The purpose of this study was to determine what kinds of feedback pertaining to teaching effectiveness would be beneficial for initially certified music educators in New York. Participants (N = 28) completed a forced-answer and open-ended questionnaire that included a variety of established procedures that can measure a teacher’s effectiveness in the classroom. Regardless of subject area, grade level, and full or part-time employment status, a clear majority of participants believed that (a) follow-up meetings with mentors after an observation, (b) share time with other music educators, (c) off-site visits to observe other master teachers in action, (d) time alone or with others to review and discuss current research about teaching effectiveness strategies and (e) presenting teaching demonstrations in the form of a performance-based master class model led by a master teacher would be positive ways to both measure and improve their teaching. Real-time feedback in front of learners, and no formal observations but one-to-one meetings with a master teacher were perceived as least beneficial. Additional open-ended responses were solicited that indicated that in today’s economic climate, initially certified music teachers are anxious about evaluations of their work, job security, and financing graduate work in the future. Implications for further research are presented.
The Effects of Participation in the Alexander Technique on Female Violinists and Violists
Aaron Copland School of Music Queens College CUNY
The primary purposes of this mixed-methods study were to (a) determine what effects, if any, participation in 20 AT lessons has on the sample of female violinists’ and violists’ Pain, Executive Skill Function, Well-being and Awareness, and (b) to describe the experiences of the participants in the study intervention. The secondary purpose of this study was to explore how participation in AT affected the female violinists’ self-reported experience of playing.
Due to the prevalence of performance-related injuries in female string players, it was theorized that AT could provide a means for improvement. This study employed a mixed methods design using pretest and posttest questionnaires, observations, and semi-structured interviews. The surveys and interviews were used to explore how participation in AT affects playing experiences.
The 12-week study was performed in a major metropolitan city and participants were female violinists and violists between the ages of 18 and 34 with no previous AT training. Criterion sampling was employed and 51 participants were randomly assigned to either the control group (n = 26) or the treatment group (n = 25). The intervention included AT lessons two times a week over a 10-week period. Six case study participants were selected from the treatment group to participate in the qualitative interview portion of the study.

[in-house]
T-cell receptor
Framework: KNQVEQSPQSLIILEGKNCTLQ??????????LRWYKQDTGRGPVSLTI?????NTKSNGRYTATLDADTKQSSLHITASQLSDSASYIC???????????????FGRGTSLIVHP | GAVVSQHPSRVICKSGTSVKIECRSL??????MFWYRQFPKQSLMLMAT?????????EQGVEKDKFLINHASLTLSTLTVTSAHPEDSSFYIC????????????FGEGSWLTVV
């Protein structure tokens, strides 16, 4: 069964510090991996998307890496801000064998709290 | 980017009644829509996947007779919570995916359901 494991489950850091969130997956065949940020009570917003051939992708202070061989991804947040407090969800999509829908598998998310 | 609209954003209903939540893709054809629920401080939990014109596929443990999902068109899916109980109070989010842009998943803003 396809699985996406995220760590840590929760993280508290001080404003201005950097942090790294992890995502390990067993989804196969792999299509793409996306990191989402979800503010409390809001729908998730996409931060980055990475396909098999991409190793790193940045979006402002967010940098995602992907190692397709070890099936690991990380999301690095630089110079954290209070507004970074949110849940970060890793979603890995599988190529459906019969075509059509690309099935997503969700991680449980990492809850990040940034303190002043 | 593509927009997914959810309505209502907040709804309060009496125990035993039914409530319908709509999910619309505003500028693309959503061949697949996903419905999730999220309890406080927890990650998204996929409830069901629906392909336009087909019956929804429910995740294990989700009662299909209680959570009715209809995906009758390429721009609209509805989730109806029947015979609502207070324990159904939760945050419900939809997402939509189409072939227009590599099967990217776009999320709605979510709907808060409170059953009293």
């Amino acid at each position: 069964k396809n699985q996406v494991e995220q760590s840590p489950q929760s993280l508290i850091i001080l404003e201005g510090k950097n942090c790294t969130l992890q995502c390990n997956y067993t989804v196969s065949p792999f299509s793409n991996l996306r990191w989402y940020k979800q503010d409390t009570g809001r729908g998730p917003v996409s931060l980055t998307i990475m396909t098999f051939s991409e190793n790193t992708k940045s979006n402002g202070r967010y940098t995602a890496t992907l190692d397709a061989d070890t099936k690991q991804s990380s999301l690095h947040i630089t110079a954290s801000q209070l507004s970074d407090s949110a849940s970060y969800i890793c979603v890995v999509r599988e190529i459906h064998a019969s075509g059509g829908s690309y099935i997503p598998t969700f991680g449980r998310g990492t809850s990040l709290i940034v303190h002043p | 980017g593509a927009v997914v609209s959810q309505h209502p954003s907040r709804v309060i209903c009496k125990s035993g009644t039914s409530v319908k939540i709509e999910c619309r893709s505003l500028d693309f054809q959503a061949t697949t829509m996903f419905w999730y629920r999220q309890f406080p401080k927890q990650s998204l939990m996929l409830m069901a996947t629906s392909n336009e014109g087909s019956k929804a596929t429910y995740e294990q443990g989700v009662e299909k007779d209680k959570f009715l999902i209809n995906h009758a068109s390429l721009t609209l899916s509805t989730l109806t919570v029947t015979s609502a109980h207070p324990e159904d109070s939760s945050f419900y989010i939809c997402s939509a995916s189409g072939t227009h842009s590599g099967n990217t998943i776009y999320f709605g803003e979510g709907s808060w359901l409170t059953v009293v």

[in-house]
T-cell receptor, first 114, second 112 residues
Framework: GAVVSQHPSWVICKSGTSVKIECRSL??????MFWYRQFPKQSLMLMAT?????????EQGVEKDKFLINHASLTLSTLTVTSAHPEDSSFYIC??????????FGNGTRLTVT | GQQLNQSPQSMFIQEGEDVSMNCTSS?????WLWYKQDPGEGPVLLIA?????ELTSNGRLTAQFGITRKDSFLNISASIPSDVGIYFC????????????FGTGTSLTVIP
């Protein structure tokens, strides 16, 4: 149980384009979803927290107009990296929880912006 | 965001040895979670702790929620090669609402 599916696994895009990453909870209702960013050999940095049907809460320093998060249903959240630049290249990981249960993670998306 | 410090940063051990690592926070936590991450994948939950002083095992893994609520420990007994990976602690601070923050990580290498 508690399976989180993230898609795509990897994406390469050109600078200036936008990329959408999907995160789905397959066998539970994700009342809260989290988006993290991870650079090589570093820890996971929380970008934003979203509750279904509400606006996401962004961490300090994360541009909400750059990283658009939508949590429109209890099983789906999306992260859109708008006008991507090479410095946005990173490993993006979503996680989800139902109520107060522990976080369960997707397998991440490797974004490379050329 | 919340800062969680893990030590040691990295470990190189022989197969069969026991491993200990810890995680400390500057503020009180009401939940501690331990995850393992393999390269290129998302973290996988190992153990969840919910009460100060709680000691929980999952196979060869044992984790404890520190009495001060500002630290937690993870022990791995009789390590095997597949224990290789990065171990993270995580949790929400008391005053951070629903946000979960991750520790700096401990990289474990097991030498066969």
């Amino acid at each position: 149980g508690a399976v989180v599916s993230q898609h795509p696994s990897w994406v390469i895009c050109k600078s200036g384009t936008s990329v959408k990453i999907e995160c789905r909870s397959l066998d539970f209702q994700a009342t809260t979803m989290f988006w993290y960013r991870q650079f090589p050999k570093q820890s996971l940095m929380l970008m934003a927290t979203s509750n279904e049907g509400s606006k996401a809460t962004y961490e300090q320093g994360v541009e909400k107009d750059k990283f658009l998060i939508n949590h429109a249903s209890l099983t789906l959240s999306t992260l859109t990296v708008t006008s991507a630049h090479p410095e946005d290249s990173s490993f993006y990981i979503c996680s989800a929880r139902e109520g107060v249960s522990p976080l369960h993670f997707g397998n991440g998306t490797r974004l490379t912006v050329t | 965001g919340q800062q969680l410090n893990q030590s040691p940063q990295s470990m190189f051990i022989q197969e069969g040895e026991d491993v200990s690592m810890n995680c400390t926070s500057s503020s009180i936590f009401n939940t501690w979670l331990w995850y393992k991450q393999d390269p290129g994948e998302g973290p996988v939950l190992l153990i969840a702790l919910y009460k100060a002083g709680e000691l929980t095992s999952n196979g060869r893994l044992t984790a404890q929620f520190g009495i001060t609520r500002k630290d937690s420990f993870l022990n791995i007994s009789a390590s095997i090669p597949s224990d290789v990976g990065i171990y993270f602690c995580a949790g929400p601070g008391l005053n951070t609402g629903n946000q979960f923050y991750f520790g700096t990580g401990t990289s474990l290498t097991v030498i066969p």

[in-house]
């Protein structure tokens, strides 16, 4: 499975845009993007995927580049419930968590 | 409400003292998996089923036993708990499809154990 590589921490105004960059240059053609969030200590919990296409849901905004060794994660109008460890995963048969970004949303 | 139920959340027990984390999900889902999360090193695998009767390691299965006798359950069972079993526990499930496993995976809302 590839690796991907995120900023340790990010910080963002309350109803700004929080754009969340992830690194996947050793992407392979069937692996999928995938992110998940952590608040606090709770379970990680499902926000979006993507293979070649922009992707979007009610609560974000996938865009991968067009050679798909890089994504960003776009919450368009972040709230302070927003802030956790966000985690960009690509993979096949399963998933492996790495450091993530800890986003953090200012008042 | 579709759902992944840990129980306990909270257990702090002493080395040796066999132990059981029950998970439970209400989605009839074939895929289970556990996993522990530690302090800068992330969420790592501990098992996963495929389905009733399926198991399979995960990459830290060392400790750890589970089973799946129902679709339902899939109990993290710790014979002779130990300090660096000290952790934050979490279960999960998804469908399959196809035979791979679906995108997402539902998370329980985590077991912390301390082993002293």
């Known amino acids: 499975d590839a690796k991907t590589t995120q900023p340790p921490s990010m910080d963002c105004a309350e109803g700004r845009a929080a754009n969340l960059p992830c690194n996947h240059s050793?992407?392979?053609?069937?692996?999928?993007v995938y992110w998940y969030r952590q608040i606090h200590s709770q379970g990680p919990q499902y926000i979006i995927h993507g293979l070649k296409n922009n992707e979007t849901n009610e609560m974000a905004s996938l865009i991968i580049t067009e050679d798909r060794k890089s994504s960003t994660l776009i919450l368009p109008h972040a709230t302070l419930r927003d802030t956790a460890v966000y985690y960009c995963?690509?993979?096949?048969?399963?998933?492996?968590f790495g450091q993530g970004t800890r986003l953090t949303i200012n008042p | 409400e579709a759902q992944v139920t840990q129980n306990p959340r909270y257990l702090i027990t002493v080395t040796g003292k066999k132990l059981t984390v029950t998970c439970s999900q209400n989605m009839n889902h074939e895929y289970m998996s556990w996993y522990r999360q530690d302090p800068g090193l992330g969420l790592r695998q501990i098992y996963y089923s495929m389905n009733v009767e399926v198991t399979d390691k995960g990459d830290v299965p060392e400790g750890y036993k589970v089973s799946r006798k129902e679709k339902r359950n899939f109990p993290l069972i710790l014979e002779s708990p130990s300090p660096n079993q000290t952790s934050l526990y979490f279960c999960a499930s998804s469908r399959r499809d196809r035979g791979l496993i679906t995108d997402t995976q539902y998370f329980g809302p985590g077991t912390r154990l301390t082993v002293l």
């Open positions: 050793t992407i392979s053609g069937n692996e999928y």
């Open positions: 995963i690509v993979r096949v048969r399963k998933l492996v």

The quantitative findings demonstrated statistically significant changes in Awareness and Executive Skill Function, while only approaching statistical significance for Pain and Well-being. In the qualitative analysis, themes that were explored included the dependent variables, as well as teaching and learning, AT principles, tools, and applications. The qualitative data provided evidence of improvement in all four a priori variables.
Convergence of the quantitative and qualitative data helped corroborate the statistically significant findings for Awareness and Executive Skill Function and provide convincing data that there was improvement in Pain, while data for Well-being improvement was inconclusive. Recommendations for application of these findings and suggestions for further research are included.
Adults’ Perceptions of Their Experiences in a Teacher-Student Rock Band
By Jill Reese
Music education has experienced an influx of scholarship and practice inspired by informal music teaching and learning practices outside the realm of traditional music education. Researchers have investigated young musicians’ experiences in the context of informal music learning paradigms such as rock bands, and have suggested implications for music pedagogy, K- 12 music curricula, and teacher education programs. Though researchers often focus on students’ experiences in informal teaching and learning situations, few focus on teachers’ experiences participating with students in informal learning contexts.
The purpose of this case study in progress is to examine and document the perspectives and experiences of teachers who are participating in an intergenerational, teacher-student rock band. Research questions that guide this inquiry are (1) How do these teachers describe their social and musical interactions with other band members (students and other teachers)? (2) How do they describe their growth as people, musicians, and teachers? and (3) How have their rock band experiences influenced their perceptions of teaching and learning, if at all?
Each teacher will participate in three interviews. First, teachers will participate in a group interview that focuses on their perceptions of experiences in the band, and on the influences of these experiences on perceptions of teaching and learning. Second, each teacher will participate in an individual interview that focuses on prior personal and school music experiences, and current experiences in the rock band. Third, they will participate in a final group interview that focuses on their experiences interacting as members of a rock band. During the third interview, they will use a retrospective talk-aloud protocol while watching video from their band’s rehearsals and performances to reflect on and talk about their social and musical interactions. During the transcription process, the researcher will code data and engage in constant comparative analysis to examine narratives that elucidate the guiding research questions.